The U.S. Senate confirmed Chuck Hagel as new Secretary of Defense on Tuesday, after an unusually acrimonious confirmation fight that threatened to complicate his work as civilian leader at the Pentagon.
The Senate voted 58-41 to confirm the former Republican Senator, the closest vote ever to approve a Defense Secretary.
Just 4 Republicans - Mike Johanns of Nebraska, who holds Hagel's old Senate seat, Thad Cochran of Mississippi, Richard Shelby of Alabama and Rand Paul of Kentucky - joined the Democrats and independents in support of Hagel's nomination.
Barack Obama said: “I am grateful to Chuck for reminding us that when it comes to our national defense, we are not Democrats or Republicans, we are Americans, and our greatest responsibility is the security of the American people,” Obama said.
The Senate had voted earlier on Tuesday to end debate on Hagel and move forward, almost two weeks after Republicans launched a filibuster to block the nomination. It was the first ever used to delay consideration of a defense nominee, prompting Democrats to accuse Republicans of jeopardizing national security.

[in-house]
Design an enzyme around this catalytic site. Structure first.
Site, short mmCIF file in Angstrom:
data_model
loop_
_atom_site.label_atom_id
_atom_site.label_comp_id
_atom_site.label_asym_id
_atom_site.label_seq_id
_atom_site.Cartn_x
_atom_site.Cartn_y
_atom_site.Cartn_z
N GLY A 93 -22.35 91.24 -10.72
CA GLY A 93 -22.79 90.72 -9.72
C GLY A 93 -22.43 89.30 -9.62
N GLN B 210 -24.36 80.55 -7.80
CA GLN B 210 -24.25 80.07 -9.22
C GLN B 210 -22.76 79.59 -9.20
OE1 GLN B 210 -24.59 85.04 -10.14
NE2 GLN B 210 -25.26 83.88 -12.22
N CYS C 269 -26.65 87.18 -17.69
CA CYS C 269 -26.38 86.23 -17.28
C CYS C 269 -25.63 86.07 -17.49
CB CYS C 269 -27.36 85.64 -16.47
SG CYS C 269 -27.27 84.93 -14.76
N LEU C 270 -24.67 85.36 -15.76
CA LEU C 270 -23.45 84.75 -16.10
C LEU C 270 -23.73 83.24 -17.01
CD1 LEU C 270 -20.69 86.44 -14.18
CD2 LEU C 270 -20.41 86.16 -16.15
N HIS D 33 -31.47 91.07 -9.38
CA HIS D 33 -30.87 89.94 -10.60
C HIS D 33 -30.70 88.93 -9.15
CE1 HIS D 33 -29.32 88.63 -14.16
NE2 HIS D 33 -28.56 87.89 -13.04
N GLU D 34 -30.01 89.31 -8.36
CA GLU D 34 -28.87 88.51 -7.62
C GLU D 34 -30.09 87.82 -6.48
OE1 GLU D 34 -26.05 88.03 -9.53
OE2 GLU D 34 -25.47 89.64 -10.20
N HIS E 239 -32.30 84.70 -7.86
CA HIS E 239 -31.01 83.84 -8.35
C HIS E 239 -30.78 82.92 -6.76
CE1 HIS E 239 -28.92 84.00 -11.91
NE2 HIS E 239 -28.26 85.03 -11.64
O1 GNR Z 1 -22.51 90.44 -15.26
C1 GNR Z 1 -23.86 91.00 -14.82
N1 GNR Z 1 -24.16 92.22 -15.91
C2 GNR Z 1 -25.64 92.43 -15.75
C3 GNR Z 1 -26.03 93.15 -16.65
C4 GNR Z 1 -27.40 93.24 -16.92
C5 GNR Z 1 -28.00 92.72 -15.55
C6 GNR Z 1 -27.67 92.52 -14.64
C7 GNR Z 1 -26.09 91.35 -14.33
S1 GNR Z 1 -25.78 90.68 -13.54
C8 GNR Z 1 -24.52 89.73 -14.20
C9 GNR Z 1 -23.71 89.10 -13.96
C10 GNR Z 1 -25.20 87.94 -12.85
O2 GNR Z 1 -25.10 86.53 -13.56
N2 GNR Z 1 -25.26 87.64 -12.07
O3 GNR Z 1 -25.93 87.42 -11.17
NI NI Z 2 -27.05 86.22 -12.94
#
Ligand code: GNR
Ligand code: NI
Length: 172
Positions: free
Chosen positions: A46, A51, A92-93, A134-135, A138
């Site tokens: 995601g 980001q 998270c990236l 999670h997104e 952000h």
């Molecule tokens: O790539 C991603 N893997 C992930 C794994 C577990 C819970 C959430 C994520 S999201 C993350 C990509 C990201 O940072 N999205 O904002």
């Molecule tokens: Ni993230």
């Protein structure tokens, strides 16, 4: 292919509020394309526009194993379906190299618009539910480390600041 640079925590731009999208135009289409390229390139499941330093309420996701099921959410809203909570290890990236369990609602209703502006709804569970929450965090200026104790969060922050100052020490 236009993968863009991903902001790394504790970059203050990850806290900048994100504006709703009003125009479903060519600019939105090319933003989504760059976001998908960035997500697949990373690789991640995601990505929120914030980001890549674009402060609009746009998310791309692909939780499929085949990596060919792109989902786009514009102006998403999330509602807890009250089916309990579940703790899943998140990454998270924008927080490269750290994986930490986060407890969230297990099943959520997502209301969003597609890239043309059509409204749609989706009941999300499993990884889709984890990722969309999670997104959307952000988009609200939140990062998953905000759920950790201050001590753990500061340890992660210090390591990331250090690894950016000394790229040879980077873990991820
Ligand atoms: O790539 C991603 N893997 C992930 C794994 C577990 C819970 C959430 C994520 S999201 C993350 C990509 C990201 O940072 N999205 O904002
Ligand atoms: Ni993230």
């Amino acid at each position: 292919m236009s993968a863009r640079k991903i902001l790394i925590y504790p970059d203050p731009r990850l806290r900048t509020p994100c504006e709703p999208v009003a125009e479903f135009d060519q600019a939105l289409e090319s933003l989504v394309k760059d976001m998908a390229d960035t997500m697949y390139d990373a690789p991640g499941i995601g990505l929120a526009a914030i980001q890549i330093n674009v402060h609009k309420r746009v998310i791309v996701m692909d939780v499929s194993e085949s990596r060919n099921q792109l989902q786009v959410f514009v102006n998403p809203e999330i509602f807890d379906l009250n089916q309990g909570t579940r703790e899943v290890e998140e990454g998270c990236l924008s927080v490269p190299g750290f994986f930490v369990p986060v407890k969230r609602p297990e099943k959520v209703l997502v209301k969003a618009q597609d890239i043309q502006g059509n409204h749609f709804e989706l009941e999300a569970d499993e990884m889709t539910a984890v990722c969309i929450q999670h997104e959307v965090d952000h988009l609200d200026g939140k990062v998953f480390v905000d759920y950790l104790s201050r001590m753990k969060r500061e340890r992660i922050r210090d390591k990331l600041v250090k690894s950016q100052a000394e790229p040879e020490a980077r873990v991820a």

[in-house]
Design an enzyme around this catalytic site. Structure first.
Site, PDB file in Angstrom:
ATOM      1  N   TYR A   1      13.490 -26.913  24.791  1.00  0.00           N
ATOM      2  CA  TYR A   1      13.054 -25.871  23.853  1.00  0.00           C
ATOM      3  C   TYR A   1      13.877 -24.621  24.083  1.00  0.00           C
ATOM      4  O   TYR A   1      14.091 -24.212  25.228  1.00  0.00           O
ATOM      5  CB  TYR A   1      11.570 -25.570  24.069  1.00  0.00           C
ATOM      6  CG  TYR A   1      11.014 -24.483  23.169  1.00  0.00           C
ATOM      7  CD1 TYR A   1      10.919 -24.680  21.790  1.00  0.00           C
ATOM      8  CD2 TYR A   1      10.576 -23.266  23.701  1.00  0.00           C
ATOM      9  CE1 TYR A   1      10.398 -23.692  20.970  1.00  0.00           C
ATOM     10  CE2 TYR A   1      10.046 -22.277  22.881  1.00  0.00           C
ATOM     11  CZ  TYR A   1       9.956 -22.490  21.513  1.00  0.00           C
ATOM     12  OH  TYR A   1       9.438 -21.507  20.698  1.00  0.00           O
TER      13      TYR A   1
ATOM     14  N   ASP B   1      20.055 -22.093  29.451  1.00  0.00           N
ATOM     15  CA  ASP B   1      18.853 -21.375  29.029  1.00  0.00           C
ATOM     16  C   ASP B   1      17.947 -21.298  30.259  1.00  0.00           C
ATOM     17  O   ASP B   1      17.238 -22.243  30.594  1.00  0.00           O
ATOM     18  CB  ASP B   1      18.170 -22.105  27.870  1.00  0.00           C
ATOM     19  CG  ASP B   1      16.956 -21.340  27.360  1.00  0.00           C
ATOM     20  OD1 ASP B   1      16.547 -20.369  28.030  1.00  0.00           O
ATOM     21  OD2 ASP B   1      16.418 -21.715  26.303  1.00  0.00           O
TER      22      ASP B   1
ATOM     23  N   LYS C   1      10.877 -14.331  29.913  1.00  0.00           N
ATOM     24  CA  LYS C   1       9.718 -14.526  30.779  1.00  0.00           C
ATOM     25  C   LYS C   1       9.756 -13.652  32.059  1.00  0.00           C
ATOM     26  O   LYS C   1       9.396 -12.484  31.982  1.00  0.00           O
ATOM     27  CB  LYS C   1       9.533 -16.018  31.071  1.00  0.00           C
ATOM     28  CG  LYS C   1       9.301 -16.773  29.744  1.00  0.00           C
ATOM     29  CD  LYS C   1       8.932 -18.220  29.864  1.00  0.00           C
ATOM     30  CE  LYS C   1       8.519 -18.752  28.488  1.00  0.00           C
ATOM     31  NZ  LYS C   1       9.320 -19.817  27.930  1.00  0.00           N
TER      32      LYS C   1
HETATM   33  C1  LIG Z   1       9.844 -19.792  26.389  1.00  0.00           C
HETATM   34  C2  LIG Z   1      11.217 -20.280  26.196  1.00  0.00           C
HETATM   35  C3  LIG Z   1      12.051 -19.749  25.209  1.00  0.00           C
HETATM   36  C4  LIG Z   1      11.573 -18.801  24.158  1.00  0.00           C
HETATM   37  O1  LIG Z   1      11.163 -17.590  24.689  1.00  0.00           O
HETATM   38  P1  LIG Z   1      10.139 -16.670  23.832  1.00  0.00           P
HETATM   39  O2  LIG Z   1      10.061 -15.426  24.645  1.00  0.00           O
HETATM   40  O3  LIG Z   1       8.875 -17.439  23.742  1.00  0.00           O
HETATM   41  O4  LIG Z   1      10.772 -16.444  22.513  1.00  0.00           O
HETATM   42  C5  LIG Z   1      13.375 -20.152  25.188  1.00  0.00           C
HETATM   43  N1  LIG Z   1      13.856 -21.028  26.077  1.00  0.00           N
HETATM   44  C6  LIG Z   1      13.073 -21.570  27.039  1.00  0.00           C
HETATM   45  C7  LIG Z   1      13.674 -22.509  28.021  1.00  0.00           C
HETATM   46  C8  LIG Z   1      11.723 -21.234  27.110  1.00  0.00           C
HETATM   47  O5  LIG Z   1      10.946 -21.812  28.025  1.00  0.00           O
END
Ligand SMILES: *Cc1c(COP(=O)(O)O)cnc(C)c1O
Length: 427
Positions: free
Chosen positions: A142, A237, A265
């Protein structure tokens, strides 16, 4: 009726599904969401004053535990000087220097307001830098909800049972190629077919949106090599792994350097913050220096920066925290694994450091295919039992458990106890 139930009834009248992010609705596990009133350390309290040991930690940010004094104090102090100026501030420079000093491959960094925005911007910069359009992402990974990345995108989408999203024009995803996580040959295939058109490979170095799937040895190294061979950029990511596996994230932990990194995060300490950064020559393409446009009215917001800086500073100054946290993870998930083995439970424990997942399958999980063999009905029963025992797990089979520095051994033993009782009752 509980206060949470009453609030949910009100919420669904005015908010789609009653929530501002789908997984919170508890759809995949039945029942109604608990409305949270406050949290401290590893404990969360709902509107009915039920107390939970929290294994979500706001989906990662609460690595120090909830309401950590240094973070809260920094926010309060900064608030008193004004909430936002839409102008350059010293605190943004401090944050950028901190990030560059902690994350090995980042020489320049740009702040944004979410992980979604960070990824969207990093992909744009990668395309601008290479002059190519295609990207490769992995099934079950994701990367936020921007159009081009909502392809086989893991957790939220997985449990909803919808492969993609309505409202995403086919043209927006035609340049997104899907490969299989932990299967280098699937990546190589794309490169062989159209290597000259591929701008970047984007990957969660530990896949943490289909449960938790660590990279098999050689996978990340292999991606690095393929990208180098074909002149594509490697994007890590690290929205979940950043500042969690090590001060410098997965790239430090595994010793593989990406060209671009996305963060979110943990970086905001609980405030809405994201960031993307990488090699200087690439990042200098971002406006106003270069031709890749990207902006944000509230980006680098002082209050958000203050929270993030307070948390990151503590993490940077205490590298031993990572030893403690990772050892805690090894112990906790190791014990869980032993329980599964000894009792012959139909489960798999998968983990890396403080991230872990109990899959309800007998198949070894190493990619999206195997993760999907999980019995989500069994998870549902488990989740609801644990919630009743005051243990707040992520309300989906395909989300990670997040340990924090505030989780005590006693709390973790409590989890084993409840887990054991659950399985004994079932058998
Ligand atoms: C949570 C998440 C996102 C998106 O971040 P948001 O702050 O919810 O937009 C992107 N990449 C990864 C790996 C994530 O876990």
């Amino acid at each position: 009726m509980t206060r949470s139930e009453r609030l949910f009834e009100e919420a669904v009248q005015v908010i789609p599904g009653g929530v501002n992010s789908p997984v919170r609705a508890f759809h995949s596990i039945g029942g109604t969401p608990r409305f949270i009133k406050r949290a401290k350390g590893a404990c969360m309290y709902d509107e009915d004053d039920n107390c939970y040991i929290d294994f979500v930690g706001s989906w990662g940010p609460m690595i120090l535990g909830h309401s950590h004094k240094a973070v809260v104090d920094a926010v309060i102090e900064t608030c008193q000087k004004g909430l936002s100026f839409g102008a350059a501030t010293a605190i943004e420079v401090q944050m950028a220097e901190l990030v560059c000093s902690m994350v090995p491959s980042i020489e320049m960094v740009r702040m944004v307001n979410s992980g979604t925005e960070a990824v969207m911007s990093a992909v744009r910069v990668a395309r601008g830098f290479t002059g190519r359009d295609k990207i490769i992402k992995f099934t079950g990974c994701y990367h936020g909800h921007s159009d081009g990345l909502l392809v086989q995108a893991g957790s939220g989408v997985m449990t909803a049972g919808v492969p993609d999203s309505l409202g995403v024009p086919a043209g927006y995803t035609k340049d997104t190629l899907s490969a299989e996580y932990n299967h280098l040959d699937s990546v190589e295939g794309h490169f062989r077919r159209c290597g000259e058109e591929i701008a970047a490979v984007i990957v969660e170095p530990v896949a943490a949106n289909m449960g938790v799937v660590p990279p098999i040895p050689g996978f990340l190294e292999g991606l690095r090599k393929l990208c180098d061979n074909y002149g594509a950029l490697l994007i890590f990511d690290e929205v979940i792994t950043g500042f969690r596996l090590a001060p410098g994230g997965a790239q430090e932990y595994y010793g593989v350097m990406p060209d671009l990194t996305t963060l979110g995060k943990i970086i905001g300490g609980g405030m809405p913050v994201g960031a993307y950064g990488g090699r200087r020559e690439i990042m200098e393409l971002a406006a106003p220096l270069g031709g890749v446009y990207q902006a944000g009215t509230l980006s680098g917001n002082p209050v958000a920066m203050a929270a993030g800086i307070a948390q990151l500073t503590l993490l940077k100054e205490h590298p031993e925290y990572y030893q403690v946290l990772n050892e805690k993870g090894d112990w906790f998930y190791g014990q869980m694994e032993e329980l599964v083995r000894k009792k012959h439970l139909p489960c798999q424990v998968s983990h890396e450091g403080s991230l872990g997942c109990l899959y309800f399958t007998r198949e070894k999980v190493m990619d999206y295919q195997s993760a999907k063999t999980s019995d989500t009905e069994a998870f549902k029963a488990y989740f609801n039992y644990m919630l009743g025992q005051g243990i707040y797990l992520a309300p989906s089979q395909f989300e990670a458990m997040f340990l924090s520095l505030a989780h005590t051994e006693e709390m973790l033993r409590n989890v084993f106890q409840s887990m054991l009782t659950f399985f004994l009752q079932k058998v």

Republicans have also challenged Obama's choice to be CIA Director, John Brennan, although that nomination appears to be on track, with a vote by the Senate Intelligence Committee expected on Thursday.
Hagel had angered party leaders as a Senator when he criticized former President George W. Bush's handling of the Iraq war.
Many Republicans opposed to Hagel's nomination raised questions about whether he is sufficiently supportive of Israel, tough enough on Iran or truly committed to maintaining a robust nuclear deterrent.
After Hagel's shaky performance during his confirmation hearing before the Senate Armed Services Committee, opponents questioned whether he was capable of running the vast Pentagon bureaucracy. Some feared he would be too complicit in efforts by Obama to cut Pentagon spending as a way to deal with yawning U.S. budget deficits.
Some defense industry executives worried that Hagel would be hamstrung from the start, saying his difficult confirmation could severely limit his ability to negotiate with Congress.
Hagel was sworn in on Wednesday morning.